There is no basis for property rights in that which cannot be created through labour. The purpose of private property is to protect that which an individual has made through their own effort and hard work, and provide incentives to produce. When Alice is paid $20 an hour for their work, this is what her employer judges to be the value of her work to them in the market. They may use that money to buy an amount of goods and services equivalent to the goods they produce or services they provide (taxation complicates this).
Since individuals do not create land through labour, and can’t be incentivised to do so, property rights to land values are not justified. All that is needed is the possession of land, the exclusive right to land, protection against others intruding in your land, and the right to the wealth produced on that land, in return for a charge based on the value of that land.
What I have just suggested is often called ‘land value taxation’, or simply a ‘land tax’. However, these names are inaccurate, as a tax usually refers to a forced payment made to the government, without any particular good or service in return (government services received are rarely in proportion to taxes paid). However, a charge based on land value, is a trade, a purchase of the exclusive rights to land in exchange for a fee. If you do not wish to pay the charge on your land, based on its value, you may give it to others. Land not in prime locations that is excess to economic needs, which nobody competes for, has no value, and so it may be used for free, without the payment of any charges whatsoever. This revenue tool may be more accurately called ‘land value capture’.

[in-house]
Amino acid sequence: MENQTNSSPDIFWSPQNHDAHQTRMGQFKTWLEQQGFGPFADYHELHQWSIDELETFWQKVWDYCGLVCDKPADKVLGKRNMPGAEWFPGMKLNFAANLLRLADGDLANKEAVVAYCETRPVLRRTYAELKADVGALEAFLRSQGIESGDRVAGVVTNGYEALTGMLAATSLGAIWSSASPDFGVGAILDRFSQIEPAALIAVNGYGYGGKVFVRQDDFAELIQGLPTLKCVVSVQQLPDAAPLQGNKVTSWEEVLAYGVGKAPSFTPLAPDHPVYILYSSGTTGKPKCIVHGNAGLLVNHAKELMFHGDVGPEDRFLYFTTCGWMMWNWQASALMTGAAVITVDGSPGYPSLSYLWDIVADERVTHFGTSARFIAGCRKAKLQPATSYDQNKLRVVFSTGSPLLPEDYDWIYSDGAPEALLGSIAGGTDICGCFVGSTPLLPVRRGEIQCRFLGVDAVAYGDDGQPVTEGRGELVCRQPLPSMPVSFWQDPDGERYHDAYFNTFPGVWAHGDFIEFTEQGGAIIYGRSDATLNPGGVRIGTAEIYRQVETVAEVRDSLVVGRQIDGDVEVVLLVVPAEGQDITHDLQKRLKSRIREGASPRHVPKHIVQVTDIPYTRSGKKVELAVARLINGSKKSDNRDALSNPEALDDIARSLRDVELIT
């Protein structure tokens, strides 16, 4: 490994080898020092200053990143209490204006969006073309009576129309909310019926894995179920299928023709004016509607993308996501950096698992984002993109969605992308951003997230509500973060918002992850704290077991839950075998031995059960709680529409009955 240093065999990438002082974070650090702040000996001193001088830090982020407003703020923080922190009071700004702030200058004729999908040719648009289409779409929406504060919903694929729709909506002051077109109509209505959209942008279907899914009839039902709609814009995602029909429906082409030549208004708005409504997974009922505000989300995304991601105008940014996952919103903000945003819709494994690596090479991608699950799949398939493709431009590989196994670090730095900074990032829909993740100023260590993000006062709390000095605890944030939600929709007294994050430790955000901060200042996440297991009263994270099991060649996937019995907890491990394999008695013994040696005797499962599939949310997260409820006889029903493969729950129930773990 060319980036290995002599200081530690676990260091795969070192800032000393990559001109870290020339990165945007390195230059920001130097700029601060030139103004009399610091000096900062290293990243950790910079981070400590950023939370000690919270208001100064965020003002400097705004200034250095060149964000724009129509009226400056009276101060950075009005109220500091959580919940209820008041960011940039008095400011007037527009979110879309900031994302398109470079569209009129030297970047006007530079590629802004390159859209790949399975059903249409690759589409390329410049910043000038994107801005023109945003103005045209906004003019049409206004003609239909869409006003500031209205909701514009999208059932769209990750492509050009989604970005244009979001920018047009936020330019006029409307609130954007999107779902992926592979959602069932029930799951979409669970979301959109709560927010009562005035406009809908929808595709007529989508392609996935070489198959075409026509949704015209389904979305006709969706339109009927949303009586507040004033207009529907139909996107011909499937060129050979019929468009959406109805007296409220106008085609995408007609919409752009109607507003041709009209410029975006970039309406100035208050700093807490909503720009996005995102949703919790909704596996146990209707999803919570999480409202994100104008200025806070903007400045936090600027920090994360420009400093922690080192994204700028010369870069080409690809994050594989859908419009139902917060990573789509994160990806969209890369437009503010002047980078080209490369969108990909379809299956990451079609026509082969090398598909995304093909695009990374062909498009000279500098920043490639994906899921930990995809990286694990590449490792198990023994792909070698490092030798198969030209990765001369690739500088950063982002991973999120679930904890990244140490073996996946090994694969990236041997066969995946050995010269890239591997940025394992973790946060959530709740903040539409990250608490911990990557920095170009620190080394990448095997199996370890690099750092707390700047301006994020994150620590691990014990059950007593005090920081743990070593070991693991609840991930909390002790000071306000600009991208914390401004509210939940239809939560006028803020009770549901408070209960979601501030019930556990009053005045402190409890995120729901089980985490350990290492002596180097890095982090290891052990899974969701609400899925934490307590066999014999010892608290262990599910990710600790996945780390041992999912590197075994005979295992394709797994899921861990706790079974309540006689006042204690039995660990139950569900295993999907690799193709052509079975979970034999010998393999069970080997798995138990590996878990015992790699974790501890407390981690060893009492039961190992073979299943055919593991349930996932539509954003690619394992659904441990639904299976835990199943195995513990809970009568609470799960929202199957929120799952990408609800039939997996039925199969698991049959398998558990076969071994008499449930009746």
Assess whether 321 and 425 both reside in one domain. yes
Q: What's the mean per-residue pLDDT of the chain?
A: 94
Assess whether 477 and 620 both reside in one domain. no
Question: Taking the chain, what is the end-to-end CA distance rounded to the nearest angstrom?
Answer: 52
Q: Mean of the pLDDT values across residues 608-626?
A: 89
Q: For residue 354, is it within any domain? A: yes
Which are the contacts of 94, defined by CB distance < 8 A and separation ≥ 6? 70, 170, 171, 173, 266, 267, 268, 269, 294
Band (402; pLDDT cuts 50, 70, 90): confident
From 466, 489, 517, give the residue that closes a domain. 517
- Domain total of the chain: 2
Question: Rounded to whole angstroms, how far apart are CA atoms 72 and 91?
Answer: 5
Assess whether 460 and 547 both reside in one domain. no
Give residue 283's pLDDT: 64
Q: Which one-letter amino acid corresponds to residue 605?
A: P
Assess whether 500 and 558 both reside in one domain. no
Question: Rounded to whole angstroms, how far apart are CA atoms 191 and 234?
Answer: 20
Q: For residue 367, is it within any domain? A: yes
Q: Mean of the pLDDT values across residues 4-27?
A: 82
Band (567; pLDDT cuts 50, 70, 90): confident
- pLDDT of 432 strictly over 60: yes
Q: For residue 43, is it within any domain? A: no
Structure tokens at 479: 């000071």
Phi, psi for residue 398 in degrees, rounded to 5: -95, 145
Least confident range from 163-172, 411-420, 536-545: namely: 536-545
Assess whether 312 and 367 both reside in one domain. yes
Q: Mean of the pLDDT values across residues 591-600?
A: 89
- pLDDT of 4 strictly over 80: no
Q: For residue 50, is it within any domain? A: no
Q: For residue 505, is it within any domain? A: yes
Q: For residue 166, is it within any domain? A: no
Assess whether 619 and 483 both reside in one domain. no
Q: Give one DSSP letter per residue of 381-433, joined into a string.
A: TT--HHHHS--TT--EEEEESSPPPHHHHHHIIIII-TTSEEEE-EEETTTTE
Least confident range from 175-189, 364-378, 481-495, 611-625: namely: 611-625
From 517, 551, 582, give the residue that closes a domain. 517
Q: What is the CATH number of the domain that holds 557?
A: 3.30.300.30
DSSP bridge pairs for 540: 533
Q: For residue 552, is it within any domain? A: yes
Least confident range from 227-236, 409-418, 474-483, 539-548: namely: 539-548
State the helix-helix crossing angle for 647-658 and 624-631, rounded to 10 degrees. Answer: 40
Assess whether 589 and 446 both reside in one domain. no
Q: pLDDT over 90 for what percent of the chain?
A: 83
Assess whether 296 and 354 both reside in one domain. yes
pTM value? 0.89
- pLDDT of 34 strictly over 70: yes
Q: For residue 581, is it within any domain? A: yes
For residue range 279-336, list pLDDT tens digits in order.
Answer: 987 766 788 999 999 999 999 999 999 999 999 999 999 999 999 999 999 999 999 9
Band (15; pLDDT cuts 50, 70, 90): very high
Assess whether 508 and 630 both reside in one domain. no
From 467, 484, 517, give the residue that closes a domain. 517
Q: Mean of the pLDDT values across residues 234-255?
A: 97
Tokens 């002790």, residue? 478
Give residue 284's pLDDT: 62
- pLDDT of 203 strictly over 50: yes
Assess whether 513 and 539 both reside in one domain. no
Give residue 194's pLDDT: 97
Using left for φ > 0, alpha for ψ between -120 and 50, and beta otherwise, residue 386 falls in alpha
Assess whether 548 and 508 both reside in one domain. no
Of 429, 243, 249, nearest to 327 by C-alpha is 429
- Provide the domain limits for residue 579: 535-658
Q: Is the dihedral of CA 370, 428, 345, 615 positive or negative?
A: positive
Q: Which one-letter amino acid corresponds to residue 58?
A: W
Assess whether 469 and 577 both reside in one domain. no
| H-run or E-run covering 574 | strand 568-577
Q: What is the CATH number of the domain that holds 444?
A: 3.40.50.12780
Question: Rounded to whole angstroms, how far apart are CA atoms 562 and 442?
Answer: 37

Other than land value capture, revenue tools that capture nature’s rents rather than hard work include a carbon price for using the atmosphere to dispose of carbon (as well as similar charges for other pollutants). Whether or not global warming is real, caused by humans, and worth fighting, it is worthwhile to charge a price for the earth’s services when the atmosphere is used to dispose of pollutants.
Mining and extraction companies should also be charged royalties or severance taxes equal to the value of minerals in the ground, which is equal to a normal profit rate subtracted from profits of mining companies. Most companies buy at a price, add value, and sell as a higher price, but companies that extract minerals, oil and gas do not pay a price for their products, which they sell for a considerable profit. Mining companies deserve the value they add to minerals by taking them out of the ground and making them usable, and a return to their capital, but not unearned income from natural resources.
There are also numerous smaller rents, such as water rights charges, fishery license charges, and so on. Altogether, these rents likely have enough value to fund a fairly-sized BIG, and remove all taxes on labour and capital as well. This provides more incentives to work, overcoming any discouragement to work that a BIG would bring. This double bonus of a basic income and no taxes would dramatically increase economic growth and wealth, and entrepreneurialism, as we will see later.
Those on earth, including the human race, as well as other animals and plants, have a common right to the value of nature. We are created from nature, a part of nature, so we have the rights to the fruits of nature. Since, we are the most advanced and intelligent race on this planet, humans have a duty to administer the rights to nature. The fruits and value of nature are to be used to benefit all people, rich or poor, elderly, young or yet to be born for a hundred years, as well as other species inhabiting the earth.